2.8. Statistical Analysis

Primary efficacy variables were the epithelial thickness, the number of De, the area of the basal cells, and the optical density of the basal cells cytoplasm. Secondary parameters were the number of layers and the number of Hd. For the analysis of the results, the Student’s -test for unpaired data was used. A value of ≤0.05 was considered statistically significant.

3. Results

3.1. Epithelial Cells Vitality Evaluation and Apoptosis Assay

The trypan blue dye test demonstrated that trehalose-untreated eyes (TUE) (Figure 1(a)) showed a higher amount of not vital cells stained in blue with the dye than trehalose-treated eyes (TTE) (Figure 1(b)) (% versus , resp., ).

fig1
Figure 1: (a, b) Light micrographs of trypan blue dye test for epithelial cells vitality. In both TUE (a) and TTE (b) positive, dead cells (arrow) can be observed. Scale bar: 80 μm. (c, d) Light micrographs of TUNEL reaction of corneal epithelium. In both TUE (c) and TTE (d) no positive cells can be observed. Scale bar: 30 μm.

The apoptosis assay in both TUE (Figure 1(c)) and TTE (Figure 1(d)) failed to demonstrate positive cells.

3.2. Structural and Ultrastructural Data

The corneal epithelium, obtained from TUE and observed in semithin sections at light microscopy, showed superficial cells with variable shape and optical density, round wing cells with not clearly evident intercellular borders, and basal cells with hyperchromic nuclei and wide intercellular spaces (Figure 2(a)). With TEM, corneal superficial cells were flat and showed few, short, irregular microfolds and dilated intercellular spaces (Figures 2(b) and 3(a)). Wing cells showed no apparent changes, whilst intercellular spaces were moderately dilated (Figures 2(b) and 3(b)). Basal cells had elliptical nuclei with evident nucleoli, dark and vacuolated cytoplasm, and dilated intercellular spaces (Figures 2(b) and 3(c)). Their inferior pole showed dense cytoplasm, few Hd, and some blebs surrounded by aggregates of granular material (Figures 2(b) and 3(d)).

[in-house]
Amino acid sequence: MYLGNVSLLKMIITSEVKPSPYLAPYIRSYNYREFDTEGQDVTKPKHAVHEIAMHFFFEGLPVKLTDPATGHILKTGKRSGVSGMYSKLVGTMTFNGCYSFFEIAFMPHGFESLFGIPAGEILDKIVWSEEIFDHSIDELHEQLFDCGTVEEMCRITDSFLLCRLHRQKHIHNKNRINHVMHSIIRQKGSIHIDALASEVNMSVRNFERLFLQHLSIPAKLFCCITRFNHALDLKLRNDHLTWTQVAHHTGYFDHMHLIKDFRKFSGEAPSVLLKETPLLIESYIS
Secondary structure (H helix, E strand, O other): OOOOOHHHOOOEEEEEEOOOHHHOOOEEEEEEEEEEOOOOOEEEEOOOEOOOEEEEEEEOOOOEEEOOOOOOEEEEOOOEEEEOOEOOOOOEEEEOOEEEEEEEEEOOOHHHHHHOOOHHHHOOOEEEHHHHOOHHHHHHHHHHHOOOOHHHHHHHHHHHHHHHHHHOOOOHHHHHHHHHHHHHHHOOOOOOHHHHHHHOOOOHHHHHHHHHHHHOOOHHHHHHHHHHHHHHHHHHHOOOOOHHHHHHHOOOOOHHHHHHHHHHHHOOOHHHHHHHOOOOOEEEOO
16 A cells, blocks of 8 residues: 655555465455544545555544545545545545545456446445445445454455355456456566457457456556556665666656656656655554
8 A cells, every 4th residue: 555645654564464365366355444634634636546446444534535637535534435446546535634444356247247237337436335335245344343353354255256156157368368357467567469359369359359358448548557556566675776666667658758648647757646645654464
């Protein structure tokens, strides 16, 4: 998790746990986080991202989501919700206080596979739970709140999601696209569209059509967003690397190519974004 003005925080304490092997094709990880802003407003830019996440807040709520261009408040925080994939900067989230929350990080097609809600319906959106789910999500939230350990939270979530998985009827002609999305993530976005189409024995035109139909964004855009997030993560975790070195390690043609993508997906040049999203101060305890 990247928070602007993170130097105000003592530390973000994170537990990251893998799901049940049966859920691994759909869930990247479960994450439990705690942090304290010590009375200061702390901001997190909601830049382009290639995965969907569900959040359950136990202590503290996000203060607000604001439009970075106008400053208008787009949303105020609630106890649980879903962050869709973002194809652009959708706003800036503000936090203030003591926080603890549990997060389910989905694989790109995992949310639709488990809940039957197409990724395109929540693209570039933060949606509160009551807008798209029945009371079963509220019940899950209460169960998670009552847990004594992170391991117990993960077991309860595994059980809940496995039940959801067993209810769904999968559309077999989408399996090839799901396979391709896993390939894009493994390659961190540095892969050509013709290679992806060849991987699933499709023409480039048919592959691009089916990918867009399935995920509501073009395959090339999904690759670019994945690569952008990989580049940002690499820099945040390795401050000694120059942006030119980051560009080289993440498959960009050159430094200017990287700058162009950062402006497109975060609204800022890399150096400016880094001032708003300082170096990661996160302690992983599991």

717835.fig.002
Figure 2: (a) Light micrograph from a semithin section of the corneal epithelium obtained with alcohol delamination in TUE. Superficial cells show variable shape and optical density (arrow), basal cells have hyperchromic nuclei and large intercellular spaces (double arrow). Scale bar: 25 μm. (b) TEM micrograph of the corneal epithelium obtained with alcohol delamination in TUE. Superficial cells (S) show a reduced number of apical microfolds (arrow). In the wing cells (W) intracellular vesicles and slightly dilated intercellular spaces () are evident. Basal cells (B) are irregular in their shape and size and show large intercellular spaces () and a cytoplasm filled with vesicle (V). Many blebs (arrowhead), surrounded by granular material, are evident. Scale bar: 5 μm. (c) Light micrograph from a semithin section of the corneal epithelium in TTE. Both superficial and wing cells show normal shape and well-evident intercellular borders (arrow); basal cells have polygonal shape and many small intracytoplasmatic vesicles (double arrow). Scale bar: 25 μm. (d) TEM micrograph of the corneal epithelium in TTE. Superficial cells (S) show a normal flattened shape with well-evident apical microfolds (arrow). Wing cells (W) have uniform electron density and normal intercellular spaces (arrowhead). Basal cells (B) have variable electron density, polygonal shape, few cytoplasmatic vesicles (V), round nuclei (N), and small intercellular spaces (). Scale bar: 5 μm.
717835.fig.003